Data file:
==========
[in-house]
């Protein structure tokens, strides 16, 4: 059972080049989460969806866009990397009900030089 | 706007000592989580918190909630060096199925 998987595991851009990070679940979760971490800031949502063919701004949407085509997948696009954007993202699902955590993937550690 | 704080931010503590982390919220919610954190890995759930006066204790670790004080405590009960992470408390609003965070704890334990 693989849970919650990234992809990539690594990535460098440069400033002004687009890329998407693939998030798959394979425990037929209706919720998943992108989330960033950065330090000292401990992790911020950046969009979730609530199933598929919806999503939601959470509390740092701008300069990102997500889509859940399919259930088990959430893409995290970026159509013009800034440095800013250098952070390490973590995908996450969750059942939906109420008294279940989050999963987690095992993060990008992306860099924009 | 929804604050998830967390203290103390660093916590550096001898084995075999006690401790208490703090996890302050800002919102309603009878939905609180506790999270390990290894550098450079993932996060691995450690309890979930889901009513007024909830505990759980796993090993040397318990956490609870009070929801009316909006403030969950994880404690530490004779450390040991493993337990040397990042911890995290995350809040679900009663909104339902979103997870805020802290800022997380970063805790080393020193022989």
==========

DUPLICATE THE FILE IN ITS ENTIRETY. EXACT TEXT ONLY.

[in-house]
């Protein structure tokens, strides 16, 4: 059972080049989460969806866009990397009900030089 | 706007000592989580918190909630060096199925 998987595991851009990070679940979760971490800031949502063919701004949407085509997948696009954007993202699902955590993937550690 | 704080931010503590982390919220919610954190890995759930006066204790670790004080405590009960992470408390609003965070704890334990 693989849970919650990234992809990539690594990535460098440069400033002004687009890329998407693939998030798959394979425990037929209706919720998943992108989330960033950065330090000292401990992790911020950046969009979730609530199933598929919806999503939601959470509390740092701008300069990102997500889509859940399919259930088990959430893409995290970026159509013009800034440095800013250098952070390490973590995908996450969750059942939906109420008294279940989050999963987690095992993060990008992306860099924009 | 929804604050998830967390203290103390660093916590550096001898084995075999006690401790208490703090996890302050800002919102309603009878939905609180506790999270390990290894550098450079993932996060691995450690309890979930889901009513007024909830505990759980796993090993040397318990956490609870009070929801009316909006403030969950994880404690530490004779450390040991493993337990040397990042911890995290995350809040679900009663909104339902979103997870805020802290800022997380970063805790080393020193022989």